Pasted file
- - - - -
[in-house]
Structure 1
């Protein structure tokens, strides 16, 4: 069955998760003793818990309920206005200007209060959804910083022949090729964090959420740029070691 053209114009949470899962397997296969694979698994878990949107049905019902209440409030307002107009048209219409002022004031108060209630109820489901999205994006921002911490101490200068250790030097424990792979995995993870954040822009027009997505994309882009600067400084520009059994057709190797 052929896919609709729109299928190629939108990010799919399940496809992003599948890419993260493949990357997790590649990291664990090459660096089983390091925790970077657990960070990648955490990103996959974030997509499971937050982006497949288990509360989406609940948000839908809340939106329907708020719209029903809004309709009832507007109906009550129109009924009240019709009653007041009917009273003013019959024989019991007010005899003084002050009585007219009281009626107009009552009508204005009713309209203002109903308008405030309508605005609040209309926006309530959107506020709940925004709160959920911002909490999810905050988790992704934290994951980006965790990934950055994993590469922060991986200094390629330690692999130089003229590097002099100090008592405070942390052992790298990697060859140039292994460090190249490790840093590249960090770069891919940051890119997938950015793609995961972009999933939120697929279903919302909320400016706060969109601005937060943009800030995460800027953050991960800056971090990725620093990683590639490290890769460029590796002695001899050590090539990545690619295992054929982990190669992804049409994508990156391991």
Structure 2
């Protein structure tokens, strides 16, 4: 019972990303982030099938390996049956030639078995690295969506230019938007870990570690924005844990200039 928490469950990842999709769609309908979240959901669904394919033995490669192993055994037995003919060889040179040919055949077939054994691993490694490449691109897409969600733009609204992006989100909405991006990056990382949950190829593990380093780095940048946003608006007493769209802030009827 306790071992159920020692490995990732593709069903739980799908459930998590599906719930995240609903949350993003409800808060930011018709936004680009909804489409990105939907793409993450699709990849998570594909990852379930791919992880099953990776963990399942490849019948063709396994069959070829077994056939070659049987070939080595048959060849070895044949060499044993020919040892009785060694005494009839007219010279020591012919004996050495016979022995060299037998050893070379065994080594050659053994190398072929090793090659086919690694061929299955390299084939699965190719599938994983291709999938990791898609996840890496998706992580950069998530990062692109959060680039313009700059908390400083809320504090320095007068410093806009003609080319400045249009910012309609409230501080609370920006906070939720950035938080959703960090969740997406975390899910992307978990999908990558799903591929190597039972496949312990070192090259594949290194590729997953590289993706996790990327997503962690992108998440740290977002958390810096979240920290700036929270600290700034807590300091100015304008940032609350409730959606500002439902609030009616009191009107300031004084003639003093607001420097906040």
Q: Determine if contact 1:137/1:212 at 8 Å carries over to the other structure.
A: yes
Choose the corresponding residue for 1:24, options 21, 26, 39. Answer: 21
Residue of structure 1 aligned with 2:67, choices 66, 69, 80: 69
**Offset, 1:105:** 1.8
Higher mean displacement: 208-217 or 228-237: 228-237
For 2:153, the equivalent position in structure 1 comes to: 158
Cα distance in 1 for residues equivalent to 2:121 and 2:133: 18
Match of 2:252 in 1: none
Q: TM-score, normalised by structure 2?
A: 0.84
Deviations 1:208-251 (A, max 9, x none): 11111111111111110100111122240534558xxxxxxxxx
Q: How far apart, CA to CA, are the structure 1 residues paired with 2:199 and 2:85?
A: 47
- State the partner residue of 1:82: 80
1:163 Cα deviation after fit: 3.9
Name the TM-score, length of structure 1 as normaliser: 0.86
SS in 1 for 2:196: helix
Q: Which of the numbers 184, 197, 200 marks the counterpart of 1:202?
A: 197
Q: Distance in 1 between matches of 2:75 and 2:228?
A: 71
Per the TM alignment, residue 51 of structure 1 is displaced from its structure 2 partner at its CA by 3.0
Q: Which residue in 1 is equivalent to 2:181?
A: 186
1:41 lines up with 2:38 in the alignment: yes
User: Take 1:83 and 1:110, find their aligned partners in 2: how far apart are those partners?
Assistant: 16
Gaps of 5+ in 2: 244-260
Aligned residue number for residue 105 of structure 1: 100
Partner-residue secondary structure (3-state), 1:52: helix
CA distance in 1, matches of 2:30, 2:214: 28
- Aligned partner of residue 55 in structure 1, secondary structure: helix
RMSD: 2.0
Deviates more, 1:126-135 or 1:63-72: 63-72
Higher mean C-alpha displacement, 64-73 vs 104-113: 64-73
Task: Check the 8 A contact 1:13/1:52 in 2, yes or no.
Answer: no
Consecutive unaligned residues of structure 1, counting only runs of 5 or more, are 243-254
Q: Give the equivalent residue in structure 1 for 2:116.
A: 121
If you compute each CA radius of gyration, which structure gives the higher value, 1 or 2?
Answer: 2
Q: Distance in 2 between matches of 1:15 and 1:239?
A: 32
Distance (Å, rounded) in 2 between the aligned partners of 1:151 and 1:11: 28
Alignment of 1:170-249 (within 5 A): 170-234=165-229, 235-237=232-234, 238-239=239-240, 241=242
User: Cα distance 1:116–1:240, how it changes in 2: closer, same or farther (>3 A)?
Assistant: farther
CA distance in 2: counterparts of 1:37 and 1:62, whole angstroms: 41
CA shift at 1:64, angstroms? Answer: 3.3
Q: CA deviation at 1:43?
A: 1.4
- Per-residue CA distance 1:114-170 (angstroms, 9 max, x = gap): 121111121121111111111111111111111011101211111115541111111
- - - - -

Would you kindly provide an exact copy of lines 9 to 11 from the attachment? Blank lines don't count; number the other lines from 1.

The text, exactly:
Residue of structure 1 aligned with 2:67, choices 66, 69, 80: 69
**Offset, 1:105:** 1.8
Higher mean displacement: 208-217 or 228-237: 228-237